General Fárrell, the president of Argentina, listened to the radio broadcast in the Casa Rosada three blocks away, as did General Avalos, commander of the garrison, in his office north of the city at Campo de Mayo, and the heads of oligarchic families in their marble halls of power and luxury. All realized that Perón had scored an enormously powerful parting shot. What he had just said had been heard by millions all across Argentina and could not be rescinded without unleashing mass revolt.
*   *   *
On the edge of the crowd, near the car, Evita Duarte placed her hands over her heart when she heard her colonel’s words. He had not told her beforehand what he was going to say. Her whole being burned with pride and admiration. This man on the stage, her man, was the savior of the poor. And he was rubbing the noses of the bourgeoisie in their own shit and frustrating their attempts to destroy him. He was the most important, most valuable man in the country, perhaps in all of South America, and instead of being feted for the great leader he was, he was being tortured by a nest of snakes who had not an ounce of vision or leadership. Behind her admiration prickled a fear: this bold act of Perón’s could be political suicide. She wanted to save him. She had more balls than any of his enemies. Someday she would make them feel her wrath. Whatever their treachery and lies did to him, she would never leave his side.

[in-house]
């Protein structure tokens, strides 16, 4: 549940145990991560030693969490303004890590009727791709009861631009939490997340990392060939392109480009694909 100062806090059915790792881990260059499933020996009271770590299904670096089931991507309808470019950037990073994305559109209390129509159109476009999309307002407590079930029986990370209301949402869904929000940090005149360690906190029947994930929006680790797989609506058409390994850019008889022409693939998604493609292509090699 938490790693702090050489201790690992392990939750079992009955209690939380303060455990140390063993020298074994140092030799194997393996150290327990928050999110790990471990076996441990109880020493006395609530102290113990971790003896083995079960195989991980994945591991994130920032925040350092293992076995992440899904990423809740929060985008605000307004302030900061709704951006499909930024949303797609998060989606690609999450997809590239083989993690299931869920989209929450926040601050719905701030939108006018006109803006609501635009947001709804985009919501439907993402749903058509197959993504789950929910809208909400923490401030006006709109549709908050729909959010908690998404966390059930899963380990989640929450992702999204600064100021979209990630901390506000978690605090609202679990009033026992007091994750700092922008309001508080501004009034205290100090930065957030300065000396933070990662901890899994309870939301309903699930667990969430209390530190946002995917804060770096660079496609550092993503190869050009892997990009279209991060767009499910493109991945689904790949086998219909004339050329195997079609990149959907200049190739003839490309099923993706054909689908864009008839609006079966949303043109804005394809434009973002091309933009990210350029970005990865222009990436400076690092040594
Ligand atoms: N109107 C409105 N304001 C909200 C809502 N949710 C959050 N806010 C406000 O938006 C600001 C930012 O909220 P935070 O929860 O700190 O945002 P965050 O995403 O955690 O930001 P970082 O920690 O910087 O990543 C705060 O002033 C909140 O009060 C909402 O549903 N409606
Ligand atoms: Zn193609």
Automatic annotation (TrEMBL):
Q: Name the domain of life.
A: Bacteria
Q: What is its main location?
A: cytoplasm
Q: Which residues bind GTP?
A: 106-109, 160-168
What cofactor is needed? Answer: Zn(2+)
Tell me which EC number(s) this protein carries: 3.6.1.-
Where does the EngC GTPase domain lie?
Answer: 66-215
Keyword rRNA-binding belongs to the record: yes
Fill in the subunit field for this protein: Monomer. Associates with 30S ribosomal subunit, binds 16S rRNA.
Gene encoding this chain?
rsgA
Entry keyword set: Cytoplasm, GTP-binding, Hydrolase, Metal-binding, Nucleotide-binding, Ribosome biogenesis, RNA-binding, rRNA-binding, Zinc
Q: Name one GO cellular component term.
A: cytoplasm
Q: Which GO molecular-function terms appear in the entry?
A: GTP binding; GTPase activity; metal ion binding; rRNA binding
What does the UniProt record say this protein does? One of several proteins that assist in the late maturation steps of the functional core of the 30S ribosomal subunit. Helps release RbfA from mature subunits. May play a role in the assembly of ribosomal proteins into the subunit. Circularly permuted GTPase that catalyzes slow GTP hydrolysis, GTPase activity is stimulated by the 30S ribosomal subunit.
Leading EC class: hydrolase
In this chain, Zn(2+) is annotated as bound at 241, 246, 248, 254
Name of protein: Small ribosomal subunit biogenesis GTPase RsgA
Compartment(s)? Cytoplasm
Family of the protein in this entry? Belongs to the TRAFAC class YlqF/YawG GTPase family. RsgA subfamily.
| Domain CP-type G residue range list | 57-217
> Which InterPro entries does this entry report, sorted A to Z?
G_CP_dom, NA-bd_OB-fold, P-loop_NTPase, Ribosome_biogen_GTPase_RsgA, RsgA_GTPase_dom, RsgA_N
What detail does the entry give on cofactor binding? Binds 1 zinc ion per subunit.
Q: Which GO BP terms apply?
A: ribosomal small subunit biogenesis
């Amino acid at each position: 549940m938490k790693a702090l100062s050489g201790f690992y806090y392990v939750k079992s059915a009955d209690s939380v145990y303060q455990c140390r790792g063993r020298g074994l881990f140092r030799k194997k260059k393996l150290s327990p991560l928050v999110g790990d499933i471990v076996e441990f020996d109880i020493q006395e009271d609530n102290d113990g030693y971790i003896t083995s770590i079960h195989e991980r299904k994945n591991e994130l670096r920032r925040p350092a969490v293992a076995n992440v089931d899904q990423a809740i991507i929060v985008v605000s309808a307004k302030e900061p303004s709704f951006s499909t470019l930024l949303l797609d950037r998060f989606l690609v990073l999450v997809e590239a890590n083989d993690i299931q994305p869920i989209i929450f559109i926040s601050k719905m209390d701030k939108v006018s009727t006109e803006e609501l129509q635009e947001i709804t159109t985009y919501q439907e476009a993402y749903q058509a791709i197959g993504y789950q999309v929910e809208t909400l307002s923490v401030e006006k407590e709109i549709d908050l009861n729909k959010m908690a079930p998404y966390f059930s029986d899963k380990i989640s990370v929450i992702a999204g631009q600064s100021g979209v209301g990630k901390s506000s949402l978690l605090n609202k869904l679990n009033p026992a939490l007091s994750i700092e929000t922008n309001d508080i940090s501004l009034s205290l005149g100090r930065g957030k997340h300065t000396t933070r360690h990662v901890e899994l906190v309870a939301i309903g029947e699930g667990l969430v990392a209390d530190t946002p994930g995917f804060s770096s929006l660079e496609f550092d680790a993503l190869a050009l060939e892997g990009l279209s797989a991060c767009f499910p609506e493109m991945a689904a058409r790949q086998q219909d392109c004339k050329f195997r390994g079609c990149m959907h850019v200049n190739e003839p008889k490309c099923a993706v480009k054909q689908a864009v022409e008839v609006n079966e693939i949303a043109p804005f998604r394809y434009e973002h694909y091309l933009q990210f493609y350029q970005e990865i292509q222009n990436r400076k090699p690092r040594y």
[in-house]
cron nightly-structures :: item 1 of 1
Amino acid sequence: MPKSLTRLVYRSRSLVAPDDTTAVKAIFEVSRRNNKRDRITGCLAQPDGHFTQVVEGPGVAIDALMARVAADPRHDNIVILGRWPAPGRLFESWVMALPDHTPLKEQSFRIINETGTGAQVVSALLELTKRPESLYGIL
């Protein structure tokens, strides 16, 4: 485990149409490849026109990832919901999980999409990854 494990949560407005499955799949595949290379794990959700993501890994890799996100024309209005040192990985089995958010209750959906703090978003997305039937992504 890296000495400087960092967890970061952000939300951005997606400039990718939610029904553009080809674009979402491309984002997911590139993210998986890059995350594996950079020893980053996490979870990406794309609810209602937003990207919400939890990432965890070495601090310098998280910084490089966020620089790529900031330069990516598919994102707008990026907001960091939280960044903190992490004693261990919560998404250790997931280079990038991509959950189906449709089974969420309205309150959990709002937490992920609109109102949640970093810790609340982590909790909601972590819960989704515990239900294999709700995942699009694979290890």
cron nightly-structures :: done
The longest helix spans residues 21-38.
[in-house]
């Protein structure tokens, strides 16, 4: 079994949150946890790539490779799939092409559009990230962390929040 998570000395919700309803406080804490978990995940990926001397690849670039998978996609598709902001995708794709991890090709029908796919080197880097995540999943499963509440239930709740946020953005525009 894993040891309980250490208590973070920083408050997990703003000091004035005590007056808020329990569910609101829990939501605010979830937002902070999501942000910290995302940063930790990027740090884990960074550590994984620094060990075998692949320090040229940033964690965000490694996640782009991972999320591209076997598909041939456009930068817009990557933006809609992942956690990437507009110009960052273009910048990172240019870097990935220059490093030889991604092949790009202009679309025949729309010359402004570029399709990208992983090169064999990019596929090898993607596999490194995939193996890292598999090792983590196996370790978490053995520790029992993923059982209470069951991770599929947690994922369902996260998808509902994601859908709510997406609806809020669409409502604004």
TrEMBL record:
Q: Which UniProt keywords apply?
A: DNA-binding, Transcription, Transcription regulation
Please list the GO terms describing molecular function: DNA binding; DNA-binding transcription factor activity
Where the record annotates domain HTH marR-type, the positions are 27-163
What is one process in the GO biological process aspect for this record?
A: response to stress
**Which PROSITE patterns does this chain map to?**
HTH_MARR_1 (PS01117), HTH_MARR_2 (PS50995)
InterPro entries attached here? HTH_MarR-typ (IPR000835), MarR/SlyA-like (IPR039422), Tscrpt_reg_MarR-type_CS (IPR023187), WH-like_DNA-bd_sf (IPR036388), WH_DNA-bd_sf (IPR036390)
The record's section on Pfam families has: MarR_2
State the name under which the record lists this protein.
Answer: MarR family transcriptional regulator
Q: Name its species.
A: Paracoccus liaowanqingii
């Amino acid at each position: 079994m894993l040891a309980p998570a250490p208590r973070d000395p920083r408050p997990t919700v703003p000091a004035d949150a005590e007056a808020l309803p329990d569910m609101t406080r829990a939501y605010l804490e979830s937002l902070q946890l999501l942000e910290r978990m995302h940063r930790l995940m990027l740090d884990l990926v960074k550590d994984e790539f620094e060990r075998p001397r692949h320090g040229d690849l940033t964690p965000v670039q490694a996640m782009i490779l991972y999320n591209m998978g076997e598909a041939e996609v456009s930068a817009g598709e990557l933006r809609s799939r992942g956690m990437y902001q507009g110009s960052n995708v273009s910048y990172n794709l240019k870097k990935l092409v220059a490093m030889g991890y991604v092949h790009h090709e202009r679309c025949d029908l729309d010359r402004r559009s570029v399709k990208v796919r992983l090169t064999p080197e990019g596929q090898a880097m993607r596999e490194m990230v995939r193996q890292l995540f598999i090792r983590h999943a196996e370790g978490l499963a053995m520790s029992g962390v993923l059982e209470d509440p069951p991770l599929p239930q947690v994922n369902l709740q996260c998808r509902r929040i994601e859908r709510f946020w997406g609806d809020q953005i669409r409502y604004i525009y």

Perón made a brave show of enjoying the festivities, flashing his sunshine smile, but Evita saw anxiety in his body, like a caged animal’s. He was an athlete, and when a fight was upon him, it showed in his gait: he moved swiftly with focus and intention, like the fencing champion he was, intending the épée for his opponent’s heart. Now he clasped the hands of his supporters, but as a conciliatory man. There was no edge of threat in his demeanor. She knew he trusted the army’s officers to follow their code of gentlemanly conduct and leave him to make a new future for himself. But she trusted none of them. Powerful people made up their rules as they went along, whatever worked for them, the way her brother used to declare different rules for boys and girls when he played games with her and her sisters. People who had the nerve to make up their own rules were the ones who won.
Evita punched her fist into her left hand. Perón’s enemies should all be erased from history. Evita swore in her heart that they would be, if it took her last breath.
*   *   *